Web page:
Time today was spent on the T86 with cleaning, corrosion treatment and some painting. The plastic corrugated cable hoses on the aerial assembly have now been cleaned with sugar soap and rinsed. A task needed as dirt was filling up the corrugations in places!
An inspection/alignment cover was removed in the base of the pedestal and the accompanying photo shows an exposed gear wheel covered in a granular form of corrosion (rusticles?).
The granules can be scrapped to loosen them and then vacuumed out carefully avoiding the oil bath. Only this one section of the gear wheel was visible but once the team are back on site the aerials will be moved to check and remove any further corrosion granules.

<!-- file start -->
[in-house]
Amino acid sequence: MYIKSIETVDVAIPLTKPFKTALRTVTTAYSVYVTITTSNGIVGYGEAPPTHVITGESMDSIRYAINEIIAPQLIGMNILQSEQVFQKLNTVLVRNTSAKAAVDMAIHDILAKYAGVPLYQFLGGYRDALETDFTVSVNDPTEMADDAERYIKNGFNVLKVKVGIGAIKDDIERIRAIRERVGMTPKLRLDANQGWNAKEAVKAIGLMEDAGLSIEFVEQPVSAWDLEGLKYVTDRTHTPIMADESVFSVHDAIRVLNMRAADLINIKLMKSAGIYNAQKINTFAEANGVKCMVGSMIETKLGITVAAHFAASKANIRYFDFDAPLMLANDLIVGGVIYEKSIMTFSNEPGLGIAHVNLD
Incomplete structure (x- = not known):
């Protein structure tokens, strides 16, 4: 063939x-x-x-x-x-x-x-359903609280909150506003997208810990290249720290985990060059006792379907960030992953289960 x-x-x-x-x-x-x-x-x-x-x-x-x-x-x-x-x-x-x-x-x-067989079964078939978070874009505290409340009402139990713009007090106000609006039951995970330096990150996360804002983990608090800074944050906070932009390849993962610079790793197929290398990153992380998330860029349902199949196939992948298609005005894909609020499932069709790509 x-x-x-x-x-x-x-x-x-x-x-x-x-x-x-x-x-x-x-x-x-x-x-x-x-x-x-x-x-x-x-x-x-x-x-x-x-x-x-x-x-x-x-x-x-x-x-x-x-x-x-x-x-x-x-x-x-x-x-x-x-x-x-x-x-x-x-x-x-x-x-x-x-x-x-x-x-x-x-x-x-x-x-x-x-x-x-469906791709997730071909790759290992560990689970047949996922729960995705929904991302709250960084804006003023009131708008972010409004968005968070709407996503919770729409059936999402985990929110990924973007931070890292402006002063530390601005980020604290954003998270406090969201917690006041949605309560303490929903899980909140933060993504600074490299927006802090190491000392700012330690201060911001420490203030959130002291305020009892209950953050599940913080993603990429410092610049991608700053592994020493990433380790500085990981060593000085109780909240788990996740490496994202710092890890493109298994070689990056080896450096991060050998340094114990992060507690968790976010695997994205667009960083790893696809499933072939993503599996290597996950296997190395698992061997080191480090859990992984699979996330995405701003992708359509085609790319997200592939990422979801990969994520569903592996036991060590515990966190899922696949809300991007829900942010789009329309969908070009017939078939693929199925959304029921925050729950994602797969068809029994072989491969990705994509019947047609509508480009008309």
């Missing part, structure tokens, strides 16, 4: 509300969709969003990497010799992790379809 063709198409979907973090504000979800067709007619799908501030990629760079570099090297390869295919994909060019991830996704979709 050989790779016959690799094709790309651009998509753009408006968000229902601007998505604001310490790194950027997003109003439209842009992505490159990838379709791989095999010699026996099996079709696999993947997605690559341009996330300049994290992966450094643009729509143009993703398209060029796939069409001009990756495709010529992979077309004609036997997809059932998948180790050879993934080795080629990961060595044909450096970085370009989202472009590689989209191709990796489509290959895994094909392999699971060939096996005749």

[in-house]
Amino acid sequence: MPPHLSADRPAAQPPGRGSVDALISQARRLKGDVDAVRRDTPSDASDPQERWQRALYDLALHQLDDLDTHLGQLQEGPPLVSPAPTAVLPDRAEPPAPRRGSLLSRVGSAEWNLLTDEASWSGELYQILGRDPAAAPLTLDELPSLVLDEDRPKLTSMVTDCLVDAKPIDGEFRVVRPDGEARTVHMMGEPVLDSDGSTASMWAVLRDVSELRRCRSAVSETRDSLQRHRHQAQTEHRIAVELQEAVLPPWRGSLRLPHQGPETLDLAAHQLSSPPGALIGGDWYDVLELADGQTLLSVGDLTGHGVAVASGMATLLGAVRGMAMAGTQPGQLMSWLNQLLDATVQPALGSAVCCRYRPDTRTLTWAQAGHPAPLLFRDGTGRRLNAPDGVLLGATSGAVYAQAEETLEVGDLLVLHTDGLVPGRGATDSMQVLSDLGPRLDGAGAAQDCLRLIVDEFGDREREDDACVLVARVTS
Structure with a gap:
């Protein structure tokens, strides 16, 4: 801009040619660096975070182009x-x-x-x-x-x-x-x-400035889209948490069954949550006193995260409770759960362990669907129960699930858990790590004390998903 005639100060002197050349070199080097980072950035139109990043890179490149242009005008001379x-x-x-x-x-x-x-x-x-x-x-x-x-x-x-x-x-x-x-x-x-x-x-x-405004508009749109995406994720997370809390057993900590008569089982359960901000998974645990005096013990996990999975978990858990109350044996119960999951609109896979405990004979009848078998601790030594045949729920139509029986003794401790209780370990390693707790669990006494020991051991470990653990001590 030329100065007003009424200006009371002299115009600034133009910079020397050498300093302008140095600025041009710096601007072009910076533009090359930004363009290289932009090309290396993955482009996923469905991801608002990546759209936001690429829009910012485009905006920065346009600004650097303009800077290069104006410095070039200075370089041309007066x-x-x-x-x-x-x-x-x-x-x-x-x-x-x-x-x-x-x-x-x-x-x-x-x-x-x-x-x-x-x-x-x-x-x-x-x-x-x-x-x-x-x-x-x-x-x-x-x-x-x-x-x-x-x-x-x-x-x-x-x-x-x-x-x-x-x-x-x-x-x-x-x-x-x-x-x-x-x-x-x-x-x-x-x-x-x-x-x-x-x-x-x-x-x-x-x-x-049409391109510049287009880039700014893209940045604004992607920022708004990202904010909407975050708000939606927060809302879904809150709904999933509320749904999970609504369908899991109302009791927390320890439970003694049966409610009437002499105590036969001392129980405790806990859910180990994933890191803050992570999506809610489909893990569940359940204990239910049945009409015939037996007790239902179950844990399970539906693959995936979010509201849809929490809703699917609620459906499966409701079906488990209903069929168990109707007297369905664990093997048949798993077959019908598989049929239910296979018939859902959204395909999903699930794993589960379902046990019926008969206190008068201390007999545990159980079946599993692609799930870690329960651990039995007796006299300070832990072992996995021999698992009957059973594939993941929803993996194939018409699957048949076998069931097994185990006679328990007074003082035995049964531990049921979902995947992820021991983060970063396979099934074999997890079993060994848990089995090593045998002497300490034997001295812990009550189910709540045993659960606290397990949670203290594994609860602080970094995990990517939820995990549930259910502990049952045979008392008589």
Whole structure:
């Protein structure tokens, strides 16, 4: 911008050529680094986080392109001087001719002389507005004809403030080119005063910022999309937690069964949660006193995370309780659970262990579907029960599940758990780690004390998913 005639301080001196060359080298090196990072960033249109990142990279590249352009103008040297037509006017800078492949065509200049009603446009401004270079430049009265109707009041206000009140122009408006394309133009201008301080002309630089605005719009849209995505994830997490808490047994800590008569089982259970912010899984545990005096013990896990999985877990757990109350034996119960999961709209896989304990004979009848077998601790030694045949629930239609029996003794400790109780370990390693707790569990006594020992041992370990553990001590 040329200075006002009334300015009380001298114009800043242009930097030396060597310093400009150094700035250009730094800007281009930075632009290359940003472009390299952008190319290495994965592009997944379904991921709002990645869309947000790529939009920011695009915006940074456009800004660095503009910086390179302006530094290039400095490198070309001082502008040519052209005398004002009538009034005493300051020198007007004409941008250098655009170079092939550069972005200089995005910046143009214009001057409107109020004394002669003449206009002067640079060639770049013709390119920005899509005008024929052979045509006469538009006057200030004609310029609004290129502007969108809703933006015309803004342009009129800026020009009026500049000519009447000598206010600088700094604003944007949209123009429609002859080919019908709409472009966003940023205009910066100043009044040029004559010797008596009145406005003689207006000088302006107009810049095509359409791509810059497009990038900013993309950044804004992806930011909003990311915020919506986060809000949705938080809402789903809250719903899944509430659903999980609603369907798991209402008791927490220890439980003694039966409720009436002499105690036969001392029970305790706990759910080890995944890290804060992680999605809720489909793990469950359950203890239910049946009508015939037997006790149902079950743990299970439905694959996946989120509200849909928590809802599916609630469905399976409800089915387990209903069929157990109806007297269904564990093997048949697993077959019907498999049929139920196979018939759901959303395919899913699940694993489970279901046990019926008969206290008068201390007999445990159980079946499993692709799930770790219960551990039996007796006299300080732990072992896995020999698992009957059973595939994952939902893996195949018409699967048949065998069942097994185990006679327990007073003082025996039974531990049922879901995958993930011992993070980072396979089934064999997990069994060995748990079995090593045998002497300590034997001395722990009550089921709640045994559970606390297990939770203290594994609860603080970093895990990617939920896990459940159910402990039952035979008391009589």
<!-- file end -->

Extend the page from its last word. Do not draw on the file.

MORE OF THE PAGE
The base of the pedestal continues to be cleaned and red oxide painted.
Away from Cosford
We have an unserviceable CHARGE Pixel Store, a spare is available so the simulator is not affected. To fault find a Pixel Store a test rig is set up to use one using a serviceable CHARGE card to drive one display.
We do not have any test software or routines to test CHARGE cards so the approach is to set up the test rig and create a set of reference waveforms (screen shots from a USB driven scope) at key points in the card’s logic We then swap the U/S card and look for differences. This process is usually reiterated a few times but has been successful in fixing two Pixel Stores in the past. With a U/S Pixel Store fitted the monitor display has lines laid over the firmware display as seen below .
The firmware display appears in the LCP prior to the Bloodhound software booting and is generated by CHARGE, not the Argus 700 computer.